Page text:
An NRSC spokesman didn’t return a question on the size of the buy.

— Johnson this week introduced a bipartisan bill to safeguard buildings against drone threats.

The bill would let the Departments of Justice and Homeland Security protect buildings and assets to address any risks posed by pilotless aircrafts.

Johnson, who chairs the Senate Homeland Security and Governmental Affairs Committee, said in a statement the legislation would help the country “keep up with emergency security threats.”

“The threats posed by malicious unmanned aircraft are too great to ignore,” he said. “It is not enough to just tell drone operators not to fly in certain high-risk areas; we must give federal law enforcement the authority to act if necessary.”

— U.S. Rep. Ron Kind is looking at ways to cut down the national debt.

The La Crosse Dem’s bipartisan legislation, called the Wasteful Defense Spending Act, would create an 11-member commission to review the nation’s defense programs and recommend the elimination of unnecessary ones in a report to Congress. Congress would then have 90 days to vote on a joint resolution to enact the recommendations.

“Year after year, the United States spends billions of taxpayer dollars on wasteful and outdated defense programs, many of which of our military leaders have said they do not want or cannot use,” Kind said in a statement. “That is an unacceptable use of America’s hard-earned tax dollars.”

The bill was co-introduced by Rep. David Schweikert, R-Ariz.

— U.S. Rep. Sean Duffy has introduced a bipartisan bill that would create a housing voucher pilot program aimed at alleviating poverty.  

Under the bill — from Duffy, R-Wausau, and U.S. Rep. Emanuel Cleaver, D-Mo. — the Housing and Urban Development secretary would be authorized to spearhead the program to encourage families receiving such voucher assistance to move to lower-poverty areas and expand access to opportunity areas, according to the bill text.  

“A major contributor to the generational cycle of poverty is the lack of employment opportunity, and this bipartisan legislation will help people relocate to areas with more opportunities and greater economic freedom,” Duffy said in a statement.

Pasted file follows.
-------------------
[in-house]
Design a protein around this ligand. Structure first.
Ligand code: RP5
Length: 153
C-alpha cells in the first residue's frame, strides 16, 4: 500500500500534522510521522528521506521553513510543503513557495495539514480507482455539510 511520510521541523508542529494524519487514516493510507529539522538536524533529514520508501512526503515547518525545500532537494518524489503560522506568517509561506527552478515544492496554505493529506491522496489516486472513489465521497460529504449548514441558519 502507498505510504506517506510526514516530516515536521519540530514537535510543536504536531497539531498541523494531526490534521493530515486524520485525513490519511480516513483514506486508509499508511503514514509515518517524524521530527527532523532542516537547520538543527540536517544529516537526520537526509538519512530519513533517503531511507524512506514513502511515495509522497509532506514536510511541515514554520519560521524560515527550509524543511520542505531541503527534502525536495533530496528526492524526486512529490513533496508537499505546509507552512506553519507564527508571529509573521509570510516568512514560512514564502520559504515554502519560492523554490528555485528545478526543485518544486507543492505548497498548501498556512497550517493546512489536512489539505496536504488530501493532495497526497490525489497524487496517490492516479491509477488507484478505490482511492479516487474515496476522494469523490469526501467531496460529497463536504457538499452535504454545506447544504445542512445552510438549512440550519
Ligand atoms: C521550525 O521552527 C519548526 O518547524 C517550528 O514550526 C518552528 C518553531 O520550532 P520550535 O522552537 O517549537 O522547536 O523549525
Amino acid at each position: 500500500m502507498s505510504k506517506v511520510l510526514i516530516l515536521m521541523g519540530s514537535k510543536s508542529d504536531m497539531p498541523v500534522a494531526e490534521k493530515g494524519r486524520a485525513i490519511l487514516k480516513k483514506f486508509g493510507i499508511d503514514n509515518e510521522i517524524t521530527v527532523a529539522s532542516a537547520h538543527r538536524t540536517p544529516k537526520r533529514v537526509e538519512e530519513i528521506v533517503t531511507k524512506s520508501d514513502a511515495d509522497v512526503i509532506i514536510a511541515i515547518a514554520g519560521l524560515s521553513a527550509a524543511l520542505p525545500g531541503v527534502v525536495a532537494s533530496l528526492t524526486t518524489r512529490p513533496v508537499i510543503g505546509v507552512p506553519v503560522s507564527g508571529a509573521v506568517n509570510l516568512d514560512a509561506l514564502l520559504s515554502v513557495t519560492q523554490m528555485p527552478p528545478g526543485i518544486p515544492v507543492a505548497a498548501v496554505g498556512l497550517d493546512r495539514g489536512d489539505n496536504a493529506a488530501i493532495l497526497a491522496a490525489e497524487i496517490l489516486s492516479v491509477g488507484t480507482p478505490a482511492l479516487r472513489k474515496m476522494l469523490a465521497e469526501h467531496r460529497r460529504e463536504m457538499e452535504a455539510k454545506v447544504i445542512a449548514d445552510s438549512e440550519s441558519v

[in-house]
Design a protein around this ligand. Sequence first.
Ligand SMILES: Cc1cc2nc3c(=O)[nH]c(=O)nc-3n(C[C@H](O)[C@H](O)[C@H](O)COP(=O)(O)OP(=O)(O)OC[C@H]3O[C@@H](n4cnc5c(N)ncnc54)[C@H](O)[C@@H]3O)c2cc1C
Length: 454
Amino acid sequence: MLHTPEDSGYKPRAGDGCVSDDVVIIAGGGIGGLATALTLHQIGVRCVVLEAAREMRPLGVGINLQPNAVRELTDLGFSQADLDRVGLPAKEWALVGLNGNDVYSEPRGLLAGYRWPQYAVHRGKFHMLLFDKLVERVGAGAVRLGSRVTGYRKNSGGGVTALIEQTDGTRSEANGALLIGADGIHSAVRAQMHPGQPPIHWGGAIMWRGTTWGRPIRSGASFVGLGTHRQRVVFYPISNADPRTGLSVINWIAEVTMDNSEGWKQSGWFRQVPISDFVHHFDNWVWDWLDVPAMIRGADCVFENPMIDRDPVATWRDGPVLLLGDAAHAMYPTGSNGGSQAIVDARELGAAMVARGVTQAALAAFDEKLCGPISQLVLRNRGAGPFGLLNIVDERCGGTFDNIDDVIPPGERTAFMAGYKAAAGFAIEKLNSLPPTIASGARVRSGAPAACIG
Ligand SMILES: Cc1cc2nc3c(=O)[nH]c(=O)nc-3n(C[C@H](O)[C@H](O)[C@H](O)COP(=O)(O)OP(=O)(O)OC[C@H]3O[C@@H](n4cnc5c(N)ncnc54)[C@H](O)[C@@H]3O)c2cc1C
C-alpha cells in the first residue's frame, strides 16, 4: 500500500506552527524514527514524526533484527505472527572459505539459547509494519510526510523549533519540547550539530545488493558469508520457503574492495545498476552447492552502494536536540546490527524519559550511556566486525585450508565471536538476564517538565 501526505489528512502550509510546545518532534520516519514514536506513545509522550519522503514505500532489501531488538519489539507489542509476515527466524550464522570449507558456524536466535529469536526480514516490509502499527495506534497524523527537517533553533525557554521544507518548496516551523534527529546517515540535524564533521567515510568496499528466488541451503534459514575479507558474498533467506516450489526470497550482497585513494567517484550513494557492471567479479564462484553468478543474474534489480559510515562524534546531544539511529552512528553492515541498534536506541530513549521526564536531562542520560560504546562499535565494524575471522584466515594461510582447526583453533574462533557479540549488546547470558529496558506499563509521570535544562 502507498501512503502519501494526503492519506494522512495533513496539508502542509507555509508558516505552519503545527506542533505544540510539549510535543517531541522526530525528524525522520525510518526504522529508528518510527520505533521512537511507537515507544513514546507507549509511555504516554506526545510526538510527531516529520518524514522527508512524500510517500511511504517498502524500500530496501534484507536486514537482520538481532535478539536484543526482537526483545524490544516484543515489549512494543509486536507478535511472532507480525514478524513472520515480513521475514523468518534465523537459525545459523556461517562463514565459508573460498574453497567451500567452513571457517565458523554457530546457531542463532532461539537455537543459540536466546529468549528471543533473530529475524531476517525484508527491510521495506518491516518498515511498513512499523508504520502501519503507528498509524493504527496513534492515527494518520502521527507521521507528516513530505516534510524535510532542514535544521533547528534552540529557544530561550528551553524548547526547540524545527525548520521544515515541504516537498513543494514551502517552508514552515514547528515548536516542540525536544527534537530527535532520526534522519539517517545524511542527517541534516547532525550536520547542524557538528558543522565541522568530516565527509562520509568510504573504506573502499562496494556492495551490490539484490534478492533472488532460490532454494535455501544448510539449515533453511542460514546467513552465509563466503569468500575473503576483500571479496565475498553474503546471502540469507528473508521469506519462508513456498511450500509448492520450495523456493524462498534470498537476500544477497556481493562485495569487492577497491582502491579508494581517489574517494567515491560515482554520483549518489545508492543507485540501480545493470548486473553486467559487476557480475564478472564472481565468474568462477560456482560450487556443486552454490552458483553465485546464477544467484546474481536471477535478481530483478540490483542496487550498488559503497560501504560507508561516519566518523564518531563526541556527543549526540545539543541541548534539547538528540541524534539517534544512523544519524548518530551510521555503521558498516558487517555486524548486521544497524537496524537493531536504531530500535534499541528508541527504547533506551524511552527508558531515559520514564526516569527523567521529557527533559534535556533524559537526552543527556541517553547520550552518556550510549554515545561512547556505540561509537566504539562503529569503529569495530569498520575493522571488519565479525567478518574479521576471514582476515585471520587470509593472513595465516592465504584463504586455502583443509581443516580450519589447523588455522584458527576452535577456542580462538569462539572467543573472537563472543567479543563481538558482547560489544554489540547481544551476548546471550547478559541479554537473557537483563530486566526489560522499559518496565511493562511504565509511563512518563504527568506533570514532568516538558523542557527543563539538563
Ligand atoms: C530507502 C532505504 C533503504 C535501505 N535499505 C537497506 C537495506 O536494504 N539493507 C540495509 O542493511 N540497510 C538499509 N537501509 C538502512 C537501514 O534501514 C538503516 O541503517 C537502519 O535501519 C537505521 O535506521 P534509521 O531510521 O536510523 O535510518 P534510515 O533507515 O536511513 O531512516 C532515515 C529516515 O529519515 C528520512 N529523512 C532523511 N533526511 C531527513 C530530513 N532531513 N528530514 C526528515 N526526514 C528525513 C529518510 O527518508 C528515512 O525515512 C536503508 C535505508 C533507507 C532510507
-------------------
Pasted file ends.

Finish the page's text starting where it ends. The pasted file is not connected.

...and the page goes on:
— Duffy in his latest podcast, #Plaidcast, sits down with Gov. Scott Walker at the state GOP convention to talk Star Wars, his favorite Assembly Dem, his social media presence and more.

Hear the podcast.

— U.S. Rep. Mike Gallagher, R-Green Bay, was the fastest male lawmaker in a three-mile fundraising run this week.

Gallagher finished first in the annual run for the second year in a row, with a time of 18:52.

The event is hosted by the American Council of Life Insurers and features runners from the legislative, executive and judicial branches, along with the media, according to a Roll Call report.

Posts of the week

Happy to have have Father-Son Day in DC with Patrick!

A post shared by Rep. Sean Duffy (@repseanduffy) on

ICYMI

Ron Johnson: ‘Give President Trump a great deal of credit’ for summit with North Korean leader

‘Team Terrorists?’ Ron Johnson questions fellow Republican’s accusation against Democrat Tammy Baldwin

“Unprecedented” Outside Spending Floods into Wisconsin to Attack U.S. Senator Tammy Baldwin

Republicans put heat on Sen. Tammy Baldwin over Haspel vote

7th CD Democratic primary candidate forum set for May 17 in Cable

Margaret Engebretson looks to unseat Sean Duffy

Rep. Sean Duffy says increase drug price abroad to lower prices in U.S.

Gallagher, Last Year’s ACLI Congressional Winner, Trains for Wednesday’s Race

Ron Kind touts Farm Bill tweaks to ‘work for Wisconsin farmers’

Ron Kind talks farm bill with local farmers

Roll Call: Key votes from the Wisconsin congressional delegation this week